John O'Brien                                     


ohn O'Brien was born in 1750, probably in Ireland, and like his compatriots the Shearman brothers was one of the earliest merchants in Penn Yan. He bought two acres from Morris F. Sheppard in 1808 and built a house on it that was surrounded by a picket fence. He also ran a store out of the same building, which became the first home of Cornelius Masten and his family when they arrived in 1817.

O'Brien and his family are shown on the 1810 census in Penn Yan. At that time there was in this household one male over 45, who would have been John himself; and one male under 10, who would have been his eldest son John; two females between 16 and 26, one of whom would have been his wife Betsy, and two under 10, presumably two daughters.

By 1820 there were more children in the household, which was near Penn Yan but probably not within its borders; the adjacent household was that of Froanna Allen, Gideon Allen's widow, for whom "Widow Hill" was named, going northwest out of Penn Yan. The O'Brien household contained one male over 45, John Sr., who was 70 years old by then; and one male 10-16, John Jr.; and a boy under 10; one female 26-45, Betsy; two aged 10-16, presumably the same two daughters already in the household in 1810; and two girls under 10.

The family is not listed on later censuses, but since until 1850 they only named the head of household, this only shows they were living with someone else. Considering John's age this is certainly a reasonable supposition. They seem to have stayed here, as evidenced by the fact that the elder John was buried in Lake View Cemetery when he died in 1832; and his son and grandson, also named John O'Brien played significant roles in the commercial and social life of the village.

John O'Brien Jr. was born in the house on Main Street in 1810, and later married Lucy Ann Worden. They had six known children, all born in Penn Yan:

  • John H., born in 1842, married Lizzie Douglas, who died at the age of 26 in 1876; married second Kate Savage, by whom he had two daughters;
  • Charles E., married Mary Campbell and had a daughter, then went to Colorado and disappeared;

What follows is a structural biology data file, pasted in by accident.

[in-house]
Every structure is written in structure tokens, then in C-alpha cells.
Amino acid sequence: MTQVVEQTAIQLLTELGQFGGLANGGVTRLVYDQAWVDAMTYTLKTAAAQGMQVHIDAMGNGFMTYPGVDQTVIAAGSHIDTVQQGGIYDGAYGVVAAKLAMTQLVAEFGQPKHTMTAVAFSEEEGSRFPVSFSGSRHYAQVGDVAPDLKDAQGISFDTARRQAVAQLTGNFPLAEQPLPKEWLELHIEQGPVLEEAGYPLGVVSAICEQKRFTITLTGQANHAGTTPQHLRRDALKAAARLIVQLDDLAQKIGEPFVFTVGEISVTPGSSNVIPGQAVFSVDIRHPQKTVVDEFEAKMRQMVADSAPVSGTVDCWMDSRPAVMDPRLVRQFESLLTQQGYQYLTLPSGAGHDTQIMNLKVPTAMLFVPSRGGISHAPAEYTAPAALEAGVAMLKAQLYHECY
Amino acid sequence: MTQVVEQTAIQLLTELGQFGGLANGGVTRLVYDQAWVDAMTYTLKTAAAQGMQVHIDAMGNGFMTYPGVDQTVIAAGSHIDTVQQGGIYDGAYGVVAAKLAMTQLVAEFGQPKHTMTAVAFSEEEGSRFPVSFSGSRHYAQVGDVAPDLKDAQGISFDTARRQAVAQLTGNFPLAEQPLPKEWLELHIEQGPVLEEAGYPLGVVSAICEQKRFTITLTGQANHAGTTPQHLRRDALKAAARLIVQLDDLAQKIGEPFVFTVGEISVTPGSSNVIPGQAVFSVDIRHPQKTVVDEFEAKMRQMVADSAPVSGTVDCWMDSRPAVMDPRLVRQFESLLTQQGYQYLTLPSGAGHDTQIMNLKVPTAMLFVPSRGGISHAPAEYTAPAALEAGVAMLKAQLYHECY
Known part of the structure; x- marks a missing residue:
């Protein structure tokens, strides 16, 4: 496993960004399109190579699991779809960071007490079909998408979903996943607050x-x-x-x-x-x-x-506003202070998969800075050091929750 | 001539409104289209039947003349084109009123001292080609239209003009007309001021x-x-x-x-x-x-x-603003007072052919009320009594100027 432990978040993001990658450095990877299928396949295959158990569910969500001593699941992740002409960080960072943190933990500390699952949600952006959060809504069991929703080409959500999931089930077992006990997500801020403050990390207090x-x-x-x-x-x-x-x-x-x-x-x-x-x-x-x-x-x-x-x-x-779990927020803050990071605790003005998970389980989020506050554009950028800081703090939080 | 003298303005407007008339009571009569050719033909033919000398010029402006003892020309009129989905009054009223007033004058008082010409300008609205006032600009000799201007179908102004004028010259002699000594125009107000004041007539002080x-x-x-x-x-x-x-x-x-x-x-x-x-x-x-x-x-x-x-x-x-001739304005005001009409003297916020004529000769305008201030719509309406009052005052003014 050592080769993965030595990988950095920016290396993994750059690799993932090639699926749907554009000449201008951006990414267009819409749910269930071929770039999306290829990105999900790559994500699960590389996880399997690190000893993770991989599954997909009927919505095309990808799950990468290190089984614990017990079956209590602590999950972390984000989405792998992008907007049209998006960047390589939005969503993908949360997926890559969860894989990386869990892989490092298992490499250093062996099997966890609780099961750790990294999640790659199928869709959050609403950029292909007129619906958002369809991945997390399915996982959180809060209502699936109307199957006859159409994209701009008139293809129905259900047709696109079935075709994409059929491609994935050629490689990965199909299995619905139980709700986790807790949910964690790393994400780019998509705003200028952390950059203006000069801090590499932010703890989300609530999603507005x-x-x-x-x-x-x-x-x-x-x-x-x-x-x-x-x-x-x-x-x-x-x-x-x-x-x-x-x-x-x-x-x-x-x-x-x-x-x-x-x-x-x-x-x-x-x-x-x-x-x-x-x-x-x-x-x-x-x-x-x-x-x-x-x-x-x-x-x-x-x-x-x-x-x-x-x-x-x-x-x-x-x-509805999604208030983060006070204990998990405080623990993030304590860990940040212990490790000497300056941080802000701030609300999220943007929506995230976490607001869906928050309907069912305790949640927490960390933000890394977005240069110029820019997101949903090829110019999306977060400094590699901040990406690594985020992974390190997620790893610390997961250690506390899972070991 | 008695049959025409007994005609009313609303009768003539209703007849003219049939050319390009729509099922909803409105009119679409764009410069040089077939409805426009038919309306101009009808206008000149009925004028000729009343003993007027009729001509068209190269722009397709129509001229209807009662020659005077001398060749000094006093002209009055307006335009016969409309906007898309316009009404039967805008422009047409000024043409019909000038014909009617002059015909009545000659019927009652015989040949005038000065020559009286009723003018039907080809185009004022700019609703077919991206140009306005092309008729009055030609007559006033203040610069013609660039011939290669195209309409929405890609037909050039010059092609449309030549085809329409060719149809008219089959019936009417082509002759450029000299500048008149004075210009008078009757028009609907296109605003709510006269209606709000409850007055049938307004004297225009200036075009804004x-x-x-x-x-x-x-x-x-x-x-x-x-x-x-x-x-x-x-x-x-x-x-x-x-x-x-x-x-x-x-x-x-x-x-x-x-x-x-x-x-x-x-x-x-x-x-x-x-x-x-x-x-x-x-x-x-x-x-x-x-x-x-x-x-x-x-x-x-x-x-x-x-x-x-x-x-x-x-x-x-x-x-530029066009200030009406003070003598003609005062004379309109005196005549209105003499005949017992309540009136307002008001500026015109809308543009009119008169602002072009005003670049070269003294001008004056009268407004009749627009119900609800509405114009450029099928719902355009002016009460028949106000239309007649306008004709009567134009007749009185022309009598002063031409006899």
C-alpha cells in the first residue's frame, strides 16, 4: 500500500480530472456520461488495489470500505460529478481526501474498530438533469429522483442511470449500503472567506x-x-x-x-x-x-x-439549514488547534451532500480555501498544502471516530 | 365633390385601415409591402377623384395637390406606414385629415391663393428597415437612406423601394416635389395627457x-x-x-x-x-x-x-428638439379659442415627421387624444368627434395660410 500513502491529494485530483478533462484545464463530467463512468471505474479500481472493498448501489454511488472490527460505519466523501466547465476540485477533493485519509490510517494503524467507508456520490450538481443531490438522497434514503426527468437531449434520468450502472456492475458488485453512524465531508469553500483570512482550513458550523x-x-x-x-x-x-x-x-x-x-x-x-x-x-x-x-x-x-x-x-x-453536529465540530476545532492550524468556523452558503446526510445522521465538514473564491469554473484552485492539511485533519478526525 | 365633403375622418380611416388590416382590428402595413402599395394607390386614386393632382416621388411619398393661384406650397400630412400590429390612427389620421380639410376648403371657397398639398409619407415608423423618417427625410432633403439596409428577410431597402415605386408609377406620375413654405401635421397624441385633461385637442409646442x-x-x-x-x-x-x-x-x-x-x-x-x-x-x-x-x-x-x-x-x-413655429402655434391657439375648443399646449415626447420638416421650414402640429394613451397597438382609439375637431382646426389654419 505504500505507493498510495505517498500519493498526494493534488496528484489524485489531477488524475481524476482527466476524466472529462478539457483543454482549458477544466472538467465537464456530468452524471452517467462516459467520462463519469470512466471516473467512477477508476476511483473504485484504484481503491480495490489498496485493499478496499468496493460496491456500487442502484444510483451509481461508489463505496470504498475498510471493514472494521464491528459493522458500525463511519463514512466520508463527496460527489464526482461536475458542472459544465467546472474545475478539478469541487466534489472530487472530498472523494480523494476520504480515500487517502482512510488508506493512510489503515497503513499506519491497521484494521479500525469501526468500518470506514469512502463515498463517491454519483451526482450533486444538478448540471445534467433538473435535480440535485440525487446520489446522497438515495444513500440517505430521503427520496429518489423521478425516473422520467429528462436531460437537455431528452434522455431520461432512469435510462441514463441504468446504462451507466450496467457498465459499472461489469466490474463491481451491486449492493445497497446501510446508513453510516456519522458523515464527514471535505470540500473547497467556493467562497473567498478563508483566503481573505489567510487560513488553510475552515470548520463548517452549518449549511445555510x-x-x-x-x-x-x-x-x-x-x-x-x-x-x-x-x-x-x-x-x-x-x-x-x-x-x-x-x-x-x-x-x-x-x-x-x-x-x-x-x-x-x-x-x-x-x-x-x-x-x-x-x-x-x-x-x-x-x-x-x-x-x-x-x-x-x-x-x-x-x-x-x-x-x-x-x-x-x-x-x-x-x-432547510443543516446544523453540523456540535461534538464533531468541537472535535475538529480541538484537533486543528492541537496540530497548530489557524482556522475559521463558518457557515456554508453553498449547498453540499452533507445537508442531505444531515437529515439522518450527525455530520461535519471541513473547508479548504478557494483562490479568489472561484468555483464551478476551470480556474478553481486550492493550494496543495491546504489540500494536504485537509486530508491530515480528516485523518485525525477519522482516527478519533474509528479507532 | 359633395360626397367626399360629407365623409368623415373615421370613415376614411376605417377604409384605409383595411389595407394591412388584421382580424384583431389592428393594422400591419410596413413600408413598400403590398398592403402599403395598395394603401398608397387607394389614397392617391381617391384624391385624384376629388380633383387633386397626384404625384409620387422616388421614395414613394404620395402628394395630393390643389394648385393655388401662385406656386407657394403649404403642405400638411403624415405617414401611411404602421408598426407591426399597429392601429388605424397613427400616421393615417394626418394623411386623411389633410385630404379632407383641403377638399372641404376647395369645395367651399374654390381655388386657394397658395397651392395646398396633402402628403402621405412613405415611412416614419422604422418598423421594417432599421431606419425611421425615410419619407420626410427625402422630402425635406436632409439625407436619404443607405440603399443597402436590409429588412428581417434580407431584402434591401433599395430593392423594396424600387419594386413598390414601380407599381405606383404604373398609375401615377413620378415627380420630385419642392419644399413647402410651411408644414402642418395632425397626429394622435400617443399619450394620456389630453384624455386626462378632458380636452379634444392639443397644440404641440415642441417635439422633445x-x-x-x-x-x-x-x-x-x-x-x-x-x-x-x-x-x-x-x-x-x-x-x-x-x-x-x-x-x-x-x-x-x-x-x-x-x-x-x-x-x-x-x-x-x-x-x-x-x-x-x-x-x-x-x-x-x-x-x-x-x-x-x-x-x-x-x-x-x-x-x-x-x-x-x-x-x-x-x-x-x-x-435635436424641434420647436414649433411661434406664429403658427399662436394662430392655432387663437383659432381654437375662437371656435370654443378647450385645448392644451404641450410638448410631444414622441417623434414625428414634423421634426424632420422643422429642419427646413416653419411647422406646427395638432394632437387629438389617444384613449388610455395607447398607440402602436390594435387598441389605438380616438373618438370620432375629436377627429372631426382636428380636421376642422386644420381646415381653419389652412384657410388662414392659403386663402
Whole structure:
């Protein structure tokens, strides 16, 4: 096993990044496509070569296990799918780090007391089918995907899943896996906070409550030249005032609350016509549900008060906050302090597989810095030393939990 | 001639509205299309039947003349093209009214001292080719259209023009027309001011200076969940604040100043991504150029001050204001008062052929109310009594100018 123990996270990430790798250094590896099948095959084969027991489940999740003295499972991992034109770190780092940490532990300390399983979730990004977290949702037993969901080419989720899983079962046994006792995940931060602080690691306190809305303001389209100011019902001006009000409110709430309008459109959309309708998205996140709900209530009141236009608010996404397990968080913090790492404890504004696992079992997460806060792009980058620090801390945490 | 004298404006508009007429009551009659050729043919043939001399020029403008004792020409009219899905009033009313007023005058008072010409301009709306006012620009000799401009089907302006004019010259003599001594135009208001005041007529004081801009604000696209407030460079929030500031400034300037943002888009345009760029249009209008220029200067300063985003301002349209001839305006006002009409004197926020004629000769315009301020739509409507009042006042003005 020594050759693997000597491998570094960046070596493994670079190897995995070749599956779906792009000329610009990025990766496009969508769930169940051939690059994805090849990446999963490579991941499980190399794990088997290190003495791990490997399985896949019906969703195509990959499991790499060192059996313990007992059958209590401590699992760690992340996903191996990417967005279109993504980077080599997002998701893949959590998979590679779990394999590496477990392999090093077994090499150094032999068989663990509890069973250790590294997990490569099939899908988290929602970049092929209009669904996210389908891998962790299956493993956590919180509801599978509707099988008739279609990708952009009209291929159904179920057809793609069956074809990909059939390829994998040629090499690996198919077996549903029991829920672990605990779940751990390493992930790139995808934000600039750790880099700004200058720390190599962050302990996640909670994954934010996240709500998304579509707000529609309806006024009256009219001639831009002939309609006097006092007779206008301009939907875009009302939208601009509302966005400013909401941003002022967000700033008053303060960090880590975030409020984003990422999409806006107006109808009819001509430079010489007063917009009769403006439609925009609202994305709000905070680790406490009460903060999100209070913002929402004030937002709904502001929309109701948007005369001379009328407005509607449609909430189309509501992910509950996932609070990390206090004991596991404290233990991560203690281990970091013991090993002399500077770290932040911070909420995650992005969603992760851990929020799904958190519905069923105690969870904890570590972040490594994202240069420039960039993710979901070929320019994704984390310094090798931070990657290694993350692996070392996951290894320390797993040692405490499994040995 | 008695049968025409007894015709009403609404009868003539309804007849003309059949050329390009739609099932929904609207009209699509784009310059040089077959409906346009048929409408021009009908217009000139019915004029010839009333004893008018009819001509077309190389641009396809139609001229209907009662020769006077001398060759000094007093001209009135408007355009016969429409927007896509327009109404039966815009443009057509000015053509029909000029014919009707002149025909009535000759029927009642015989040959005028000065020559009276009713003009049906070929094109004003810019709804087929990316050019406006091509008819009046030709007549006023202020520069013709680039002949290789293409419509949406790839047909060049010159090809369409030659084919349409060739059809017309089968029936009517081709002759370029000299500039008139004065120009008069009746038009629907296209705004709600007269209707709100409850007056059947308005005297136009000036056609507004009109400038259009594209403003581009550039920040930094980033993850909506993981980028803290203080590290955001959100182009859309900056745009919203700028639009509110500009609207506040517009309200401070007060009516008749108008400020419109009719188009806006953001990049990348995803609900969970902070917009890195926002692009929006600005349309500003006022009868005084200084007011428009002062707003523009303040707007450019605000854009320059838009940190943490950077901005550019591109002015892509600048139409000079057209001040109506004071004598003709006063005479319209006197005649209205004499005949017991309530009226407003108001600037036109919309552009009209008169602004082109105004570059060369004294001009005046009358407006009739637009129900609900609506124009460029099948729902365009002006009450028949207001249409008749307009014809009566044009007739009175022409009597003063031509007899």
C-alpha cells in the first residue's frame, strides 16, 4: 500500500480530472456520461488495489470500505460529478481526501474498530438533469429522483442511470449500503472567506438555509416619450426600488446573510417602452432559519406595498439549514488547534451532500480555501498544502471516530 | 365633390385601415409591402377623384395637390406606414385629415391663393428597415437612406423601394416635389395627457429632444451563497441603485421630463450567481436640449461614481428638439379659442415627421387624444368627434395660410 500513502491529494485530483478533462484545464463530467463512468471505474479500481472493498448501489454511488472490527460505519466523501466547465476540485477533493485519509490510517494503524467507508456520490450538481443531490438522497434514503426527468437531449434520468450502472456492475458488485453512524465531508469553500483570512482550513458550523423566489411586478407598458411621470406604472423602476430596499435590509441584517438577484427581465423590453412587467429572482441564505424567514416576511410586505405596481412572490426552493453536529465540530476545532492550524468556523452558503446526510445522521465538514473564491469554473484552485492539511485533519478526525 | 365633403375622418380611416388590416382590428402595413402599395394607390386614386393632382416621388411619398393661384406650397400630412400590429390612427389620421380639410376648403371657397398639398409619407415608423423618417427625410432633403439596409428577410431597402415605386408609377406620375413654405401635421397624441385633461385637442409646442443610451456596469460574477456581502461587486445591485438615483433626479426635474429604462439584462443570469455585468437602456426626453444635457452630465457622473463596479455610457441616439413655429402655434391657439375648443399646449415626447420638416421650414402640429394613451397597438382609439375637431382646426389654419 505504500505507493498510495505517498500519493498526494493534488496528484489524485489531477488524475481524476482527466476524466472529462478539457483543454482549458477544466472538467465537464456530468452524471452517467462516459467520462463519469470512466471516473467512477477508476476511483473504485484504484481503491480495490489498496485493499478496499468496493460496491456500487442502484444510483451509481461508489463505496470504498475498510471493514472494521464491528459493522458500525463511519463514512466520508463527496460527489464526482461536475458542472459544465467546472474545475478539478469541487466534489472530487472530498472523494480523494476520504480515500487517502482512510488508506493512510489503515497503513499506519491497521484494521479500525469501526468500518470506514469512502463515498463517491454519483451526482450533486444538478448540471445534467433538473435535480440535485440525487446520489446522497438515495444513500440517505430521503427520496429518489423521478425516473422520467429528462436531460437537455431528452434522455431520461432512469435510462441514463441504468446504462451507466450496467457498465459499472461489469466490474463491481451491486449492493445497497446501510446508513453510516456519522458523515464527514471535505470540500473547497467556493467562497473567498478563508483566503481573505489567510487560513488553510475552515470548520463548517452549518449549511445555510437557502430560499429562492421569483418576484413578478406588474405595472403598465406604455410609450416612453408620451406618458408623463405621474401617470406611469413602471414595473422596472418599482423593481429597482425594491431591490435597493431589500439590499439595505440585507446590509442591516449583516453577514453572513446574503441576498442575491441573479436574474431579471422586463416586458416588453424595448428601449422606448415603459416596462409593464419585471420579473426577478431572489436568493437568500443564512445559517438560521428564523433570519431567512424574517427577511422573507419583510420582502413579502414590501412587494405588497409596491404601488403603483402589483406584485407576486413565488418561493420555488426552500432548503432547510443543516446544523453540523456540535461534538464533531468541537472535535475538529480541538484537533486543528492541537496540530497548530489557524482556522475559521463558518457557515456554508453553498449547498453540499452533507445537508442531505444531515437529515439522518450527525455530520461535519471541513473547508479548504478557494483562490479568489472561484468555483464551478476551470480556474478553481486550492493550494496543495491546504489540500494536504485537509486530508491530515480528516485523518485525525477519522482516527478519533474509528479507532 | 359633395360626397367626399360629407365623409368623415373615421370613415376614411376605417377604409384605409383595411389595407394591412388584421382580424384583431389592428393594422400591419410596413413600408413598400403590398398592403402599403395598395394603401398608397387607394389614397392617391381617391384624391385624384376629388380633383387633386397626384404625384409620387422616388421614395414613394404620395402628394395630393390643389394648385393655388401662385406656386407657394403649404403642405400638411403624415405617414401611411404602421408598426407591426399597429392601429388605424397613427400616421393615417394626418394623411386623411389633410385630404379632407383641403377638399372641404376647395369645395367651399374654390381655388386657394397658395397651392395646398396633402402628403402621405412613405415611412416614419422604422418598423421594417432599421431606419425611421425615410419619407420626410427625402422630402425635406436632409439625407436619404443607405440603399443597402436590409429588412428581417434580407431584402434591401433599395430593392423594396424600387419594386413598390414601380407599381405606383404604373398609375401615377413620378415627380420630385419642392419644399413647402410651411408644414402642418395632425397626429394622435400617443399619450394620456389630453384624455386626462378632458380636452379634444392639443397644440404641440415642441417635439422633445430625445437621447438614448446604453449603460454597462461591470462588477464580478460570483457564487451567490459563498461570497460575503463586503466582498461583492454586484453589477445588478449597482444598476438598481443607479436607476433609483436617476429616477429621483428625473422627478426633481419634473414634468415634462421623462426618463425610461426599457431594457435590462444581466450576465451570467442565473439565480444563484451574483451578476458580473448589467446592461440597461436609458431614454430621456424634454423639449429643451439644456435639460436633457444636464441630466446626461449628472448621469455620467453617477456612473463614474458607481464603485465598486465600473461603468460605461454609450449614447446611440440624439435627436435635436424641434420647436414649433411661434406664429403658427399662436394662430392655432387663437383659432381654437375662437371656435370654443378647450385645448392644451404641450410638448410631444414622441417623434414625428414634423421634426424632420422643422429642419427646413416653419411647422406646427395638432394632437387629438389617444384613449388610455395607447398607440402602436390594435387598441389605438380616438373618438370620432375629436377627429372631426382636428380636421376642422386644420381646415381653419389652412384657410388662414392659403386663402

• Pamelia Swarthout, who died after bearing a son, Eddington Swarthout;
  • Helen Eliza Wheelock, wife of Silas Wheelock;
  • Lucy Ann Hicks, wife of Henry A. Hicks; and
  • Harriet Lewis, first wife of Leon Lewis. When she died in Rochester in May, 1878, she left her property to her husband and appointed him her executor. A clause in her will states that he "has for years considered the family, including my immediate relatives, as his own; that he has at all times given freely of his money and substance for their benefit, and that I have no doubt that my said husband will continue his kind offices to my kin in the future, as he has heretofore shown them in the past; but [he] has carried his generosity to others to the extent of embarrassing himself...." In the upshot, Lewis turned all his wife's personal estate into cash, fled to New York and then to England with a host of creditors and his dead wife's family on his heels once it was found that he had left the country with her niece, a minor. Their home in Penn Yan was on Liberty Street, now the rectory of St. Michael's parish; the elaborate and elegant carriage house stood behind it, and was moved across Keuka Street for use as a convent; it still stands there today, next to the brick schoolhouse.

O'Brien was associated with:

Land plots:

   Sheppard's first purchase
   John O'Brien's purchase


   338 Main Street
   332 Main Street